As a real estate investor, opportunity knows no borders. But before you cross over into Canada, you’ll want to be sure you understand some of the unique aspects of investing outside of the United States. Once you do, you’ll discover a wealth of new properties to choose from.
Benefits of Investing in Canadian Real Estate
The United States real estate market continues to boom, even in spite of the pandemic. But as someone with a large portfolio and a desire to tap into new markets, you may find Canadian real estate to be another option. Here are some of the specific benefits American investors enjoy:
- Exchange rate. The exchange rate for U.S. citizens is definitely a plus. It means the American dollar stretches further in Canada and has the opportunity to buy you more real estate than it would in the United States.
- High demand for rentals. If you thought real estate prices were high in the U.S., get familiar with Canada’s booming market. Many households are being totally kept out of the home ownership market. As Zeifmans explains, “For the first time since 1971, the percentage of home ownership in Canada has fallen, and rentals now account for 32% of Canada’s homes. Rent prices are being driven higher, making the decision to become a landlord in Canada a decidedly lucrative one.”
- As any investor knows, diversification is a must. And while you might be diversified across different property types and locations in the United States, you’re still entirely dependent on the American economy. Venturing into Canada gives you some international exposure in your own “backyard.”
We’re not saying Canadian real estate is a good investment for every American real estate investor, but it’s worth considering.
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In many respects, the same fundamentals of real estate investing hold true regardless of which side of the border you’re on. However, there are some nuances and things to keep in mind. Here are a few helpful tips:
- Put Boots on the Ground
While not a requirement, it’s always recommended that you see a property in person before investing in it. This is true whether the property is located down the street from your house, or it’s across the border in Canada. (In fact, it’s more important that you see an international property than a local property, simply because you don’t have as many reference points to leverage as assumptions.)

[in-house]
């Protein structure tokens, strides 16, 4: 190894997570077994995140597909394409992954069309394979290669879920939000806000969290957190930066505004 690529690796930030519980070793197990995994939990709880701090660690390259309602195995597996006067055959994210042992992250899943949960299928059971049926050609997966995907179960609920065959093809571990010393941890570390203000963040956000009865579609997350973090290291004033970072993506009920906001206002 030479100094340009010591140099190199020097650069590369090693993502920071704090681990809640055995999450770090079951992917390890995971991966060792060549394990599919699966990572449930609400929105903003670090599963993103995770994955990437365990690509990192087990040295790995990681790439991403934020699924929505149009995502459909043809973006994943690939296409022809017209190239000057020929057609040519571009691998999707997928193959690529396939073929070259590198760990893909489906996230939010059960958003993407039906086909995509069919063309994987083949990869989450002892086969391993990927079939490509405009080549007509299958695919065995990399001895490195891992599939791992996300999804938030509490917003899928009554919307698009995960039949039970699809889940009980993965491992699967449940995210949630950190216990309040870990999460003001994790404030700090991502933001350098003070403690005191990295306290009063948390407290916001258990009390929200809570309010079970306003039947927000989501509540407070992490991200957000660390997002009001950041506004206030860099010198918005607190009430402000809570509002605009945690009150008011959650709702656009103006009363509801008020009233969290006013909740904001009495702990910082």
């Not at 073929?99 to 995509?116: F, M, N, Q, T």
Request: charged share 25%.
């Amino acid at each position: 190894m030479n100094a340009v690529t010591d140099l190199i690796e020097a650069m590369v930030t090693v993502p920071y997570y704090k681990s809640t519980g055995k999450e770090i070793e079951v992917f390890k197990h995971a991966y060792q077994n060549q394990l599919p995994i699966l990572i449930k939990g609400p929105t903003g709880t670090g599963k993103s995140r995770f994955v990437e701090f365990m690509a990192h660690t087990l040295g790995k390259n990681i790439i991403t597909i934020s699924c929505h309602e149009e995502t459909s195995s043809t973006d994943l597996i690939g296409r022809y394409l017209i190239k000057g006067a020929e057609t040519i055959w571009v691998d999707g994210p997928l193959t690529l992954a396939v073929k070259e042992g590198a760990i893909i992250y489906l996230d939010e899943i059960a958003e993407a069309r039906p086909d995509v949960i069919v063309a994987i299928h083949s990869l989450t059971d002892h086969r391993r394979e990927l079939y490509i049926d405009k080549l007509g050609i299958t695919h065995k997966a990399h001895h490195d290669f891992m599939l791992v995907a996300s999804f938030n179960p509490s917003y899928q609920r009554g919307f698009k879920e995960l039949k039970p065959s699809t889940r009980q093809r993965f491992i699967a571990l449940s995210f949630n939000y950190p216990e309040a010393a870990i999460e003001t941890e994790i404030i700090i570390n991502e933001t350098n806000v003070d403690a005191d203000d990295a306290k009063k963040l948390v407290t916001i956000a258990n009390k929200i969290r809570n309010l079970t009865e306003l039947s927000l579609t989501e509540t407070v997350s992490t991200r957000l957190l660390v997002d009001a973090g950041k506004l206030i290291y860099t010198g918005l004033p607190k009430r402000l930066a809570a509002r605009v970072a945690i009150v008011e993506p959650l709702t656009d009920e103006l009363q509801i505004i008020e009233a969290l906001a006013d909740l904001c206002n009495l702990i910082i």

When traveling to Canada, you’ll need to make sure you have the proper documentation to enter the country. It’s also helpful to meet with a local real estate professional to get a feel for the property and the area around the property.
- Understand Taxes
Taxes are sky-high in Canada. If you don’t account for these taxes, you may think an investment opportunity is more profitable than it truly is. Thus it’s imperative that you do some research on the front end.
As an American investor, you should be familiar with terms like personal income tax, withholding tax, sales tax, speculation tax, and land transfer tax. These are complicated issues that require in-depth analysis. Thus, it’s a good idea to meet with a Canadian tax professional to get a feel for how these different taxes will impact your rate of return.
- Get Familiar With Financing
One of the best parts about investing in Canadian real estate is that you have plenty of financing optionsavailable to you. In fact, you don’t have to use private money or a Canadian bank. There are plenty of U.S. banks that will fund your purchase of Canadian real estate (assuming you meet the underwriting requirements). Start asking around to see which options you have available to you.
- Try Investing in REITs
Not quite ready to buy your own Canadian property? You can get your feet wet by trying a Canadian real estate investment trust, or REIT. These funds operate in much the same way that U.S. REITs do – giving access to a portfolio of income-producing properties without the risk or burden of owning it all yourself.
Adding it All Up
You’ll have to decide whether or not Canadian real estate has a place in your investment portfolio. And if it is, you’ll want to take the time to study each opportunity until you find the one that makes the most sense for your finances and goals.